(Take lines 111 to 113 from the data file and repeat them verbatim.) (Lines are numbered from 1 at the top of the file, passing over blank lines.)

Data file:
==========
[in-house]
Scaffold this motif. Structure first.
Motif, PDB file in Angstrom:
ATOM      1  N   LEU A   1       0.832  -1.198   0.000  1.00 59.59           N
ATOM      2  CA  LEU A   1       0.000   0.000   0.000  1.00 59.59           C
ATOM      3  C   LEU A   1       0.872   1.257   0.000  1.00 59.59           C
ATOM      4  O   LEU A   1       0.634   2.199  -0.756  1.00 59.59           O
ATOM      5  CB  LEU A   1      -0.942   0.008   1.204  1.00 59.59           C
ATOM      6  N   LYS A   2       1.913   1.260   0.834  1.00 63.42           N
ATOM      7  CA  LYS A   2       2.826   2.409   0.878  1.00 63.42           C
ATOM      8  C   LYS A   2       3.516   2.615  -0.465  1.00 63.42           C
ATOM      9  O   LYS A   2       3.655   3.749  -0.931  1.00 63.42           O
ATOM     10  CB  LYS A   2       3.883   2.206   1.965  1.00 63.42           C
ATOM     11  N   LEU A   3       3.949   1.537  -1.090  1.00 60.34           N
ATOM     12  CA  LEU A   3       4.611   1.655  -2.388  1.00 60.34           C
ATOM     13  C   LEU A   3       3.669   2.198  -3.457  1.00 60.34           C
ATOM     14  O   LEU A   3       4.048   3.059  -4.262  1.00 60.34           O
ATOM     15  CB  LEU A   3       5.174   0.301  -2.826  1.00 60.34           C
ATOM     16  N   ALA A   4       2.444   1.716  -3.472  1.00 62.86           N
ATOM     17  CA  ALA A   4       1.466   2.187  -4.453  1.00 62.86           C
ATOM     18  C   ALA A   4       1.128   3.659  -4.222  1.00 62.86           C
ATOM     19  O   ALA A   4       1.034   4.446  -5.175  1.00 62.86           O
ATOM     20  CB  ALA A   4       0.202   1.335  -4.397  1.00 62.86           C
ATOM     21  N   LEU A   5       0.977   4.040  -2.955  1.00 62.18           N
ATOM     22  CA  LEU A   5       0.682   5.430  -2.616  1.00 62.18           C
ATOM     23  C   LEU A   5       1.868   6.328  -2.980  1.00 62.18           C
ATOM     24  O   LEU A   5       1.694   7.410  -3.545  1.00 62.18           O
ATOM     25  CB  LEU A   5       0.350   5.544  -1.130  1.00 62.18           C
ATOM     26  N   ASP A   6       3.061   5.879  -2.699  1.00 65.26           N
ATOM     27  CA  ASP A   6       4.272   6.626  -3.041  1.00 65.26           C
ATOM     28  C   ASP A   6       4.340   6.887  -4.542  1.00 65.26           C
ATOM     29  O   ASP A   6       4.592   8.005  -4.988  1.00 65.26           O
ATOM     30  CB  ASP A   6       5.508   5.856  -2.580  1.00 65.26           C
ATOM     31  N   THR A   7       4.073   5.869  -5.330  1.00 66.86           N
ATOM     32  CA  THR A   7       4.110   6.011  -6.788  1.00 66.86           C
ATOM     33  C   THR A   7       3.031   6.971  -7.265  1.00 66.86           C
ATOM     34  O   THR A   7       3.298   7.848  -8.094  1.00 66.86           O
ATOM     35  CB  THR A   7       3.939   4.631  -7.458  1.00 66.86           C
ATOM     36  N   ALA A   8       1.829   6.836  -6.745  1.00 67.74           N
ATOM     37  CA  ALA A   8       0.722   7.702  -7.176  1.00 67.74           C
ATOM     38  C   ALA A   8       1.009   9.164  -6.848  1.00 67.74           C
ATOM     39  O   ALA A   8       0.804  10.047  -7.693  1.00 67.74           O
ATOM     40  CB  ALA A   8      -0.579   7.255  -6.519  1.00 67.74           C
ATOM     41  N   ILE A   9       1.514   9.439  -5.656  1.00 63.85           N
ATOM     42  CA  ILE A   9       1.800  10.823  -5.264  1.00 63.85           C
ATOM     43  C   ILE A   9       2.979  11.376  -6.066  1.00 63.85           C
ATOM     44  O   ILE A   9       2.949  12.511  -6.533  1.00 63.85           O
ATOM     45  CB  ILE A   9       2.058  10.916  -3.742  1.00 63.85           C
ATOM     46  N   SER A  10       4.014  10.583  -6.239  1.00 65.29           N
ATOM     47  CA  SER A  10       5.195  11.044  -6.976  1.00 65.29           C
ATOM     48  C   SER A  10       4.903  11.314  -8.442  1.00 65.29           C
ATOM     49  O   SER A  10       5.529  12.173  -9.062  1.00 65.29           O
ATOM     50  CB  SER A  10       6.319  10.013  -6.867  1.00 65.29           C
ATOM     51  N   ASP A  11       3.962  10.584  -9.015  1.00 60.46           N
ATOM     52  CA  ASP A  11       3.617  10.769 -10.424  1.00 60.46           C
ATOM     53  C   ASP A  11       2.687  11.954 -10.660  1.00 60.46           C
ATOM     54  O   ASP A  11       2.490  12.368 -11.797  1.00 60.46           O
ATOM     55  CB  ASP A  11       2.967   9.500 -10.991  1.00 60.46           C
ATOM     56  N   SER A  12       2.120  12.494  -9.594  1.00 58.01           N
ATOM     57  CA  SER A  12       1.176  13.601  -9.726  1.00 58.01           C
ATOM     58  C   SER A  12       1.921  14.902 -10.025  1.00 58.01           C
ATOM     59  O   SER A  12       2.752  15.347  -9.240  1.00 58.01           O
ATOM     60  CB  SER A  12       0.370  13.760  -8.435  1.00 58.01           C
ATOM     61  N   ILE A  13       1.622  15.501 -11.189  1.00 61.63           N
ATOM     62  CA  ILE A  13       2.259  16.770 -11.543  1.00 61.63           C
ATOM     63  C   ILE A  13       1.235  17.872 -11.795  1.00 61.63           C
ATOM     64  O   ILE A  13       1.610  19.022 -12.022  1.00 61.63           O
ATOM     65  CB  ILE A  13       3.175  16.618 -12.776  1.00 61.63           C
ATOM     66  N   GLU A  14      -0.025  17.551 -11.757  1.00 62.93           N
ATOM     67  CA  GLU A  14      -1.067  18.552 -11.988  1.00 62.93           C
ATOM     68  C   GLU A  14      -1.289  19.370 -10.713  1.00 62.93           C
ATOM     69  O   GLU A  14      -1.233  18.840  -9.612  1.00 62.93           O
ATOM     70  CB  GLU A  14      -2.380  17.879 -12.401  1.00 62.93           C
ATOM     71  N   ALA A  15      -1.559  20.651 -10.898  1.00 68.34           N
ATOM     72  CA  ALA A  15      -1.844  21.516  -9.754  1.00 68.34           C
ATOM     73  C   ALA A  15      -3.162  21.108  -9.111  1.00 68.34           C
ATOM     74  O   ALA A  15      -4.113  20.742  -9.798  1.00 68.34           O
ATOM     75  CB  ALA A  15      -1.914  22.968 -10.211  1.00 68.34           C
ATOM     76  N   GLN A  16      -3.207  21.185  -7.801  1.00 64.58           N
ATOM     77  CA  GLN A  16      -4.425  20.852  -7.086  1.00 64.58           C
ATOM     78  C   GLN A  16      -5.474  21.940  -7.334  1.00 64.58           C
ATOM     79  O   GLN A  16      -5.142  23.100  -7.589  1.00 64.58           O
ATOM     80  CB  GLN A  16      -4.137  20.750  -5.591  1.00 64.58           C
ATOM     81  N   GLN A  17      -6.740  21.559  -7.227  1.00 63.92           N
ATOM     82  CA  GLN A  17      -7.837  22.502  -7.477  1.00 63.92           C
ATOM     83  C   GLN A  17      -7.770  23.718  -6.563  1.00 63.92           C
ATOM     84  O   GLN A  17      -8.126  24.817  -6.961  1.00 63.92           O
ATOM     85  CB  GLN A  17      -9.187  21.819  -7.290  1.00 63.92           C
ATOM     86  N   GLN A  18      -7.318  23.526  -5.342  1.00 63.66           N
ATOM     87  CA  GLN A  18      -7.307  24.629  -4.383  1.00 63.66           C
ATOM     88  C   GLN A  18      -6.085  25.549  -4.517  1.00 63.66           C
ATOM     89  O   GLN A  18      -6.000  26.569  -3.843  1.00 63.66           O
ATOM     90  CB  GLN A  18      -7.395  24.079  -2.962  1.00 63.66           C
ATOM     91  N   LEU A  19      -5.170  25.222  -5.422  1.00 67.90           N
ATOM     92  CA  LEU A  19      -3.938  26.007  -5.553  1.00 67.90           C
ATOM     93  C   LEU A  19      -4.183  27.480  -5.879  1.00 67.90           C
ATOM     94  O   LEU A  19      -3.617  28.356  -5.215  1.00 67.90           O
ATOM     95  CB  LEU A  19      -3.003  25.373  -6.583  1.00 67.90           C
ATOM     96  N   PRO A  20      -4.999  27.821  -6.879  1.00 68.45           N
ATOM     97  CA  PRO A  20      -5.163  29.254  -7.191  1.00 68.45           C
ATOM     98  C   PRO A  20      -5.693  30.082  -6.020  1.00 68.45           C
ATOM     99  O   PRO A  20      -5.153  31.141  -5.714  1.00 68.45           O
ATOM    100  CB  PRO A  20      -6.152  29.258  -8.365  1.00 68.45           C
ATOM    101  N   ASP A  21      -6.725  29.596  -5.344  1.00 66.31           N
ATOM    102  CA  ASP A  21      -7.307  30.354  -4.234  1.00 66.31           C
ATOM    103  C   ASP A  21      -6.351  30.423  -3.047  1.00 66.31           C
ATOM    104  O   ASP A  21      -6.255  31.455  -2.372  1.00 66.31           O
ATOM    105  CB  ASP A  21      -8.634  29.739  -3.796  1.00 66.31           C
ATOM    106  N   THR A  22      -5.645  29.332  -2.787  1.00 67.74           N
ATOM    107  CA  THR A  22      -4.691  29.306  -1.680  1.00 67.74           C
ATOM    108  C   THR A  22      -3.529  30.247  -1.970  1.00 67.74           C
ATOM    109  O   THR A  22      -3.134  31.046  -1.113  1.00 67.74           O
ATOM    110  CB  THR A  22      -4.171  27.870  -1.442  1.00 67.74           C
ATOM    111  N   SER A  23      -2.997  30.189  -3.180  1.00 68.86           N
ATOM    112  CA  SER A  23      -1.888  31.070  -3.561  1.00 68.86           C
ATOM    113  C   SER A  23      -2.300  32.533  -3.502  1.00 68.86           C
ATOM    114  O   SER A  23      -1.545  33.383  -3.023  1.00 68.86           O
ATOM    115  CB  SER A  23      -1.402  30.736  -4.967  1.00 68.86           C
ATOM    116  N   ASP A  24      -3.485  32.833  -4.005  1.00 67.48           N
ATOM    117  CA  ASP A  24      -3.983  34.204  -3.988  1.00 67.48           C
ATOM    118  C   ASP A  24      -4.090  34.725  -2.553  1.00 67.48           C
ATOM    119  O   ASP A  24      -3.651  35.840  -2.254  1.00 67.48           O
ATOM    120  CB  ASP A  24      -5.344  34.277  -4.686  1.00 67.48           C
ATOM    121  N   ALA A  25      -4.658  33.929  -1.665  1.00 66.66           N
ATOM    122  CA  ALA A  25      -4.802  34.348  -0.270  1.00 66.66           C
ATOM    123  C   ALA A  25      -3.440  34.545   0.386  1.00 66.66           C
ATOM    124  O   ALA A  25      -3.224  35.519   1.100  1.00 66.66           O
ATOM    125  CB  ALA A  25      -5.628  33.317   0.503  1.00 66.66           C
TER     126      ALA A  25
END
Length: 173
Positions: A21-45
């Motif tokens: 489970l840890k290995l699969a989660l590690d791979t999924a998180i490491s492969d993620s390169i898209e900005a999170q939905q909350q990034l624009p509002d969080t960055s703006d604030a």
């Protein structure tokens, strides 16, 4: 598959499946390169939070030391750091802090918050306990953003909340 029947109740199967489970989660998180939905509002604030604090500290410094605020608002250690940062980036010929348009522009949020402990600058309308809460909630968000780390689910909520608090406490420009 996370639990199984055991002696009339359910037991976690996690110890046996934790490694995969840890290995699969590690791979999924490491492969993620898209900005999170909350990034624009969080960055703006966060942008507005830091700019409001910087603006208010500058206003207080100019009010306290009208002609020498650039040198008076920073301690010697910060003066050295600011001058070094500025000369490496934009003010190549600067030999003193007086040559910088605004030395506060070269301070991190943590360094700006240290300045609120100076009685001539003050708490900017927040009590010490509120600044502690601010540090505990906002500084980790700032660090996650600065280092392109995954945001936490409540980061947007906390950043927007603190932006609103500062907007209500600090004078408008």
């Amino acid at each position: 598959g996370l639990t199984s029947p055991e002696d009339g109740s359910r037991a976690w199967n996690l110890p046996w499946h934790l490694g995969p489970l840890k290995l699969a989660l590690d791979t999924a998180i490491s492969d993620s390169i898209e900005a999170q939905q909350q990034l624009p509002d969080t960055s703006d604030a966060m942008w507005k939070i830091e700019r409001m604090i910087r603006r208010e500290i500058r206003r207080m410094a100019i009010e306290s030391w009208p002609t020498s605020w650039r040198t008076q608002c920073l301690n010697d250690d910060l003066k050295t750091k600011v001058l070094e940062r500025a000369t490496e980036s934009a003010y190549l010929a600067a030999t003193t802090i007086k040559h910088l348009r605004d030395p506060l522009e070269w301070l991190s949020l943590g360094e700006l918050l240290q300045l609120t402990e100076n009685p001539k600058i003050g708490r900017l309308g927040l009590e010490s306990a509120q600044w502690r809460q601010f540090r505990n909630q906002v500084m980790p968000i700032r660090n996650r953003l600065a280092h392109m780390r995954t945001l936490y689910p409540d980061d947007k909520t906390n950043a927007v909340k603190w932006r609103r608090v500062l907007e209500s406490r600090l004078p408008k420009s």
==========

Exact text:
ATOM    108  C   THR A  22      -3.529  30.247  -1.970  1.00 67.74           C
ATOM    109  O   THR A  22      -3.134  31.046  -1.113  1.00 67.74           O
ATOM    110  CB  THR A  22      -4.171  27.870  -1.442  1.00 67.74           C